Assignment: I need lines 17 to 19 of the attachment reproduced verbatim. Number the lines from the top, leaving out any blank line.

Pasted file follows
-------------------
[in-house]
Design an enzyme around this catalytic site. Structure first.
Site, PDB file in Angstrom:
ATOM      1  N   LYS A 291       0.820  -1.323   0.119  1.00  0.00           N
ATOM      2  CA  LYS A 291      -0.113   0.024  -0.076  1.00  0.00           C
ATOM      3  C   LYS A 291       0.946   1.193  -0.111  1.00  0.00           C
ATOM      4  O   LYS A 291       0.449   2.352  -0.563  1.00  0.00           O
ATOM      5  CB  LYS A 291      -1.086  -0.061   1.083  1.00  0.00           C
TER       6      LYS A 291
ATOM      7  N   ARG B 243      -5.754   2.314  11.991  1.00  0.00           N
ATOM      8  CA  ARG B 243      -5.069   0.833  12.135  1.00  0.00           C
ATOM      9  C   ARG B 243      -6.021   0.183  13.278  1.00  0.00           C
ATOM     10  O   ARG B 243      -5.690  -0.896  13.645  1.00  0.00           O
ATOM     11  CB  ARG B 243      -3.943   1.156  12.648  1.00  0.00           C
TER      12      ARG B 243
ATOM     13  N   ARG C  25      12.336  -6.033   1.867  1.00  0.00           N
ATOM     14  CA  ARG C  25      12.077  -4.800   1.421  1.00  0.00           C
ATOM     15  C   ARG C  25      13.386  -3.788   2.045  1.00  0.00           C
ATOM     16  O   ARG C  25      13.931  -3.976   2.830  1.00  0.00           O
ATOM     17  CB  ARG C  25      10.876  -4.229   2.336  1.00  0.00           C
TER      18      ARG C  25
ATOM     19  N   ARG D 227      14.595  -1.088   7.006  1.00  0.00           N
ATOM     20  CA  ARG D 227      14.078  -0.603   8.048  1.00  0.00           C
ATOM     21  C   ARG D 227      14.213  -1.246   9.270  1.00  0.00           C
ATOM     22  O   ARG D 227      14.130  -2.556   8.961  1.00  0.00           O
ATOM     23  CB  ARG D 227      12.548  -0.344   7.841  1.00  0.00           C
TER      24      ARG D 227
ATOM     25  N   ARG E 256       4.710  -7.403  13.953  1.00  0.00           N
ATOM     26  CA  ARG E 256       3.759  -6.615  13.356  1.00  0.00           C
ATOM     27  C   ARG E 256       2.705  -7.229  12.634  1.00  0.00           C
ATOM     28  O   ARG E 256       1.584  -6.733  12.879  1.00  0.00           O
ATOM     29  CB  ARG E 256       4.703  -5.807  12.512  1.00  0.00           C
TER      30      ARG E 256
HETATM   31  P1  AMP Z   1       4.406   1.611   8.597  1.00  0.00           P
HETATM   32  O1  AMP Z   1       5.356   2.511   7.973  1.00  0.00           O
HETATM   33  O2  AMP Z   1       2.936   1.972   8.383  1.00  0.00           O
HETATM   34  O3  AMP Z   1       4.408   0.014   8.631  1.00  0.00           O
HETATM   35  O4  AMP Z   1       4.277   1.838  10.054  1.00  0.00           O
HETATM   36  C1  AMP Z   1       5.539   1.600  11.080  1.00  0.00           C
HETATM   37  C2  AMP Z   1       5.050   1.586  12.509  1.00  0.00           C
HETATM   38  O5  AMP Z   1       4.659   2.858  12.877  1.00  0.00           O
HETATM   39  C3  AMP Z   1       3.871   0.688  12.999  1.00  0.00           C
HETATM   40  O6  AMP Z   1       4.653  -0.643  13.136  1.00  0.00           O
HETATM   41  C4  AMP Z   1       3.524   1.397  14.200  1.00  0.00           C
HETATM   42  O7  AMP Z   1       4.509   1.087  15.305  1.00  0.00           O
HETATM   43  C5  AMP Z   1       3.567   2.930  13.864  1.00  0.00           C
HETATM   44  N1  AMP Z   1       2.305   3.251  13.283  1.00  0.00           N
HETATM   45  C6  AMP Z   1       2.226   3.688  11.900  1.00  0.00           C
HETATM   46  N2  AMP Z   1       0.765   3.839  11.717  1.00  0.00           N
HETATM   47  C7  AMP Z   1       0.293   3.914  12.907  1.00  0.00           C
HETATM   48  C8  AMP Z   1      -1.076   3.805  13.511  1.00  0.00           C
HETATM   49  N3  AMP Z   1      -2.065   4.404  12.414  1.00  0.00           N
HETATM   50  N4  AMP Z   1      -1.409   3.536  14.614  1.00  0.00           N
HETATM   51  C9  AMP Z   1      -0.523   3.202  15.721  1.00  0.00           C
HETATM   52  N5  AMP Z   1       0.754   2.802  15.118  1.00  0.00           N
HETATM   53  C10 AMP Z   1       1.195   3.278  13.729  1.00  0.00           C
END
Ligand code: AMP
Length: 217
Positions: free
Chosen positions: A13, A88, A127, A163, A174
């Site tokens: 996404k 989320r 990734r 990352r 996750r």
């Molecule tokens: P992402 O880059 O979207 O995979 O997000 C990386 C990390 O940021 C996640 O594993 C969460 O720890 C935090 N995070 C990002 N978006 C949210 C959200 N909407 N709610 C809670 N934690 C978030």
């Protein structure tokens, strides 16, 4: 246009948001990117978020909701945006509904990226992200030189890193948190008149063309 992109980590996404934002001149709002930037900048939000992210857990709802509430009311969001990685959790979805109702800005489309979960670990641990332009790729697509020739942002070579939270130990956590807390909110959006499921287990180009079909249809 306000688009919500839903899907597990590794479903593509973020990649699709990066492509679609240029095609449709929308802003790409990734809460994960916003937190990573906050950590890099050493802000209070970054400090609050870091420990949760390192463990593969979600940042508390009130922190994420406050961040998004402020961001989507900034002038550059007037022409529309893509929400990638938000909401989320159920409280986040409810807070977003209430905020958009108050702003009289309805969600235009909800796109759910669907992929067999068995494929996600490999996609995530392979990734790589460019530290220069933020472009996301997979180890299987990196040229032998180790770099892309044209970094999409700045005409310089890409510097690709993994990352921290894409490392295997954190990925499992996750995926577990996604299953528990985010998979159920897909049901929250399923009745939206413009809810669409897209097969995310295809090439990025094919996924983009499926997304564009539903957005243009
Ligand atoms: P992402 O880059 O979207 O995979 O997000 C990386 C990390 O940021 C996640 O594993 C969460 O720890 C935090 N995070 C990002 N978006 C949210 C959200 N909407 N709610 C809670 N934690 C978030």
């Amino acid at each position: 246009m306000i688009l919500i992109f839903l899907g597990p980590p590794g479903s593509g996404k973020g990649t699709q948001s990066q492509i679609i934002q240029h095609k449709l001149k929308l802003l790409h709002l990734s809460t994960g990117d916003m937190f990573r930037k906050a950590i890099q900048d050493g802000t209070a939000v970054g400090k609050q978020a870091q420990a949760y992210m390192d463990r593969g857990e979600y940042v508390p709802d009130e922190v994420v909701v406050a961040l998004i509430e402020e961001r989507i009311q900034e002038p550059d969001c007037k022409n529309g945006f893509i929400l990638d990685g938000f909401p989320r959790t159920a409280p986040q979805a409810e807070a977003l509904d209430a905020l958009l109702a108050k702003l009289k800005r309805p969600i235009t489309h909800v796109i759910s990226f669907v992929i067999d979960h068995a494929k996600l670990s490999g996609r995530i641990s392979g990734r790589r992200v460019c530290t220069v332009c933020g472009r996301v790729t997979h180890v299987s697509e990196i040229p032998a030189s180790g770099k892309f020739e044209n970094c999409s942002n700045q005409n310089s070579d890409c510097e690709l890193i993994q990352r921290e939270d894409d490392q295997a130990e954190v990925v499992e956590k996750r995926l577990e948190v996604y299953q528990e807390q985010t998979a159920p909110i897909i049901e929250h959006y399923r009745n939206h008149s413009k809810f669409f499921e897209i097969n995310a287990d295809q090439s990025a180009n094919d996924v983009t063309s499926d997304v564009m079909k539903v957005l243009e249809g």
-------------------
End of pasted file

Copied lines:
ATOM     14  CA  ARG C  25      12.077  -4.800   1.421  1.00  0.00           C
ATOM     15  C   ARG C  25      13.386  -3.788   2.045  1.00  0.00           C
ATOM     16  O   ARG C  25      13.931  -3.976   2.830  1.00  0.00           O